A shrinking region

Unfortunately, Montilla-Moriles has shrunk from around 20,000 hectares under vine 30-40 years ago to around 4,500 now, with many people converting to farming olives, as it’s less work and brings in more money. There are over 50 wineries, with most selling their wines locally. Only a handful, such as Alvear, Pérez Barquero, Toro Albalá and Bodegas Robles, sell nationally, and even fewer internationally, so it’s not so easy to get your hands on a bottle outside Spain, but our visit to the region demonstrated that it’s well worth seeking out these wines.

Styles of wine

Montilla-Moriles produces Fino, which must be minimum two years old, Oloroso, likewise two years old, and Amontillado, which must undergo minimum five years biological and three years oxidative ageing. Pasado styles of Fino must have at least ten years of biological ageing. They have also introduced the categories of Viejo (minimum 15 years ageing) and Viejísimo (minimum 25 years ageing). Its most renowned product, the lusciously sweet PX is produced from late harvested grapes that have already begun to raisin on the vine and then are further dried in the sun (asoleo) for another 4-5 days. The whole bunches of grapes are pressed in old olive oil presses, with the must going straight into tinajas to begin fermentation. It is the only style that is routinely fortified at Bodegas La Aurora, in two stages to allow the alcohol to better integrate, bringing the abv up to 16%.

Other varieties, such as Sauvignon Blanc, Moscatel de Grano Menudo, Moscatel de Alejandría and Verdejo are also authorised and may comprise up to 15% of any other permitted variety. Indeed, ‘alternative varieties’ are often used to bring down the high alcohol of sugar pump Pedro Ximénez. Still wines are also made from Sauvignon Blanc and Verdejo, which is incidentally Spain’s go-to by-the-glass variety.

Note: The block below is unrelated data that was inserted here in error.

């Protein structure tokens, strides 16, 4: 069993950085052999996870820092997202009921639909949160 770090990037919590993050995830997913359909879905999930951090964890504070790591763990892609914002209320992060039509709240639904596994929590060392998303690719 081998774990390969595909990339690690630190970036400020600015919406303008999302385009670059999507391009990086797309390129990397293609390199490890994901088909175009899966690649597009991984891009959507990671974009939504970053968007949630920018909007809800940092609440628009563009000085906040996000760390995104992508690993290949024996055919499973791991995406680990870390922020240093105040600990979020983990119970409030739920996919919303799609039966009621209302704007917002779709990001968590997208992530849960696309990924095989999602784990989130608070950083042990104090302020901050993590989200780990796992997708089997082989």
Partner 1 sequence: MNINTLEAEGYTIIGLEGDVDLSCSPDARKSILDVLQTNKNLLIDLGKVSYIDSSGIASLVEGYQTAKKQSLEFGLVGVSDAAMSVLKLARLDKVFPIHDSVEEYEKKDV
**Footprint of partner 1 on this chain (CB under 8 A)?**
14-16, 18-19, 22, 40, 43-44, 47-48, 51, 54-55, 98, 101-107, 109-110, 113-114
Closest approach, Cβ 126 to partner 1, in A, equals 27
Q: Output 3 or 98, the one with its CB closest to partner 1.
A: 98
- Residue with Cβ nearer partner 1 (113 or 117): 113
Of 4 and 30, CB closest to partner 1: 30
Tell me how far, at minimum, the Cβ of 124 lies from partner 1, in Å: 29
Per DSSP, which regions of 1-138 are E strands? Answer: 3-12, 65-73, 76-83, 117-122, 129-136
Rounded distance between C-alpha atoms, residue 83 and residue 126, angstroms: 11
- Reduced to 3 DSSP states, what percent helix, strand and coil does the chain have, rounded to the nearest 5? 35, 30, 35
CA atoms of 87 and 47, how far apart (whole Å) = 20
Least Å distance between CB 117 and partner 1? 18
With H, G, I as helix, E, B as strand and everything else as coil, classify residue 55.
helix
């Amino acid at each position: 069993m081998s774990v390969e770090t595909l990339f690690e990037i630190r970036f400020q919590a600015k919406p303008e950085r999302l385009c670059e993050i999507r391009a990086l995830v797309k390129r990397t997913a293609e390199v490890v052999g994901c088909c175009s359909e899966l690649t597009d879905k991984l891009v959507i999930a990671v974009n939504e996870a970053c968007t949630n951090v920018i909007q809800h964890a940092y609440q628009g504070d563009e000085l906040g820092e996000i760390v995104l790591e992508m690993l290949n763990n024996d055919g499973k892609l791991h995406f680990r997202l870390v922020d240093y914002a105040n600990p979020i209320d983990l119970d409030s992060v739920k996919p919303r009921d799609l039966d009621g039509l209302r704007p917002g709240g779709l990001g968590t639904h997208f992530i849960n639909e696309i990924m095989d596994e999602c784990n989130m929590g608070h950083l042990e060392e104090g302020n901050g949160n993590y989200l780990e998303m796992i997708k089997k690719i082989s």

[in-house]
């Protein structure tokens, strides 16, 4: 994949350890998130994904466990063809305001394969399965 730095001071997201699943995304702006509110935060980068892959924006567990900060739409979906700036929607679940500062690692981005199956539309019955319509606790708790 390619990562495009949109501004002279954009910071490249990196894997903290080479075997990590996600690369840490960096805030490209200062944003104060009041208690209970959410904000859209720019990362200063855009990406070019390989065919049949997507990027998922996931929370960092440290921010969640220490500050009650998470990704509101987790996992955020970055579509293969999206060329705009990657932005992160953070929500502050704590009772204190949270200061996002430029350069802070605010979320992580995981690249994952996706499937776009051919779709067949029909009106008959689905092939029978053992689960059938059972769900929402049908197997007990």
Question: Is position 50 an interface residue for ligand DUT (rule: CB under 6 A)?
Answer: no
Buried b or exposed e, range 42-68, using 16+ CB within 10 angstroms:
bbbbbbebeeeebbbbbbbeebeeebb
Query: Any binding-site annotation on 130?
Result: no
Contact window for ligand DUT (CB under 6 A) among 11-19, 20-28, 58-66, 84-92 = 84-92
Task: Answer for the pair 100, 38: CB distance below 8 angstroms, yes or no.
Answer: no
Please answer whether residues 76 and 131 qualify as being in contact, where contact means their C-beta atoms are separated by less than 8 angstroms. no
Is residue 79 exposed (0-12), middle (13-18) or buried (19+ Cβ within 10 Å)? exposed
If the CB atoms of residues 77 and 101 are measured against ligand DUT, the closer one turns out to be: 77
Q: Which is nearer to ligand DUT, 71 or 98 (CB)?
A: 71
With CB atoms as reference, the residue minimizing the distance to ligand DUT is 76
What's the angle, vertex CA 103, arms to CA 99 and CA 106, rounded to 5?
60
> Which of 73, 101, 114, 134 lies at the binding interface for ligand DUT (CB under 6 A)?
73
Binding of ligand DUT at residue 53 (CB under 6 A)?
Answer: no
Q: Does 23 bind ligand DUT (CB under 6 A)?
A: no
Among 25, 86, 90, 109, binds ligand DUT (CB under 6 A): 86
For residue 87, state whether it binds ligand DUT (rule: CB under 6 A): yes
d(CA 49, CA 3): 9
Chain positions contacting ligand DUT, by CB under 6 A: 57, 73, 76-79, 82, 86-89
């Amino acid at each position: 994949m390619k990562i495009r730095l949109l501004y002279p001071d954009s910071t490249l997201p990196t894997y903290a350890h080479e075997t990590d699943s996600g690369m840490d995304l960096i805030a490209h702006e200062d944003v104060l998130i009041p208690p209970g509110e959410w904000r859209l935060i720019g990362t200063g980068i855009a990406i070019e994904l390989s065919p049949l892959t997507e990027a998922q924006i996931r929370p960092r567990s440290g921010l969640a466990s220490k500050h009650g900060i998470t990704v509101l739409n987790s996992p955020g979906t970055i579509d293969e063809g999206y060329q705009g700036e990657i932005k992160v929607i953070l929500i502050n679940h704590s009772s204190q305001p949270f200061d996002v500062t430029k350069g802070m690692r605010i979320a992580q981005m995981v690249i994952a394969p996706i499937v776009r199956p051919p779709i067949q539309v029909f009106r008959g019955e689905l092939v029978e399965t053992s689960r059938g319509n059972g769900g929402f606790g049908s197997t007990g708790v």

Adapting to trends

In the past, wines had to reach 15% to be entitled to the Fino category. In line with lower alcohol trends, this has now been lowered to 14.5% - much lower and the flor which characterises its style would not be able to exist. Early drinking styles aged under flor, with similar yeasty characteristics to fino but without its power, are produced. These are known as ‘fino chiquito’ and make a refreshing, youthful alternative to more aged styles.  Some wineries, such as Bodegas Robles, are experimenting with traditional method sparkling wine, producing innovative vermouths and creating new styles of vintage rather than dynamically aged wines. Let’s take a quick look at three of them.

Oldest winery in Andalusia, Bodegas Alvear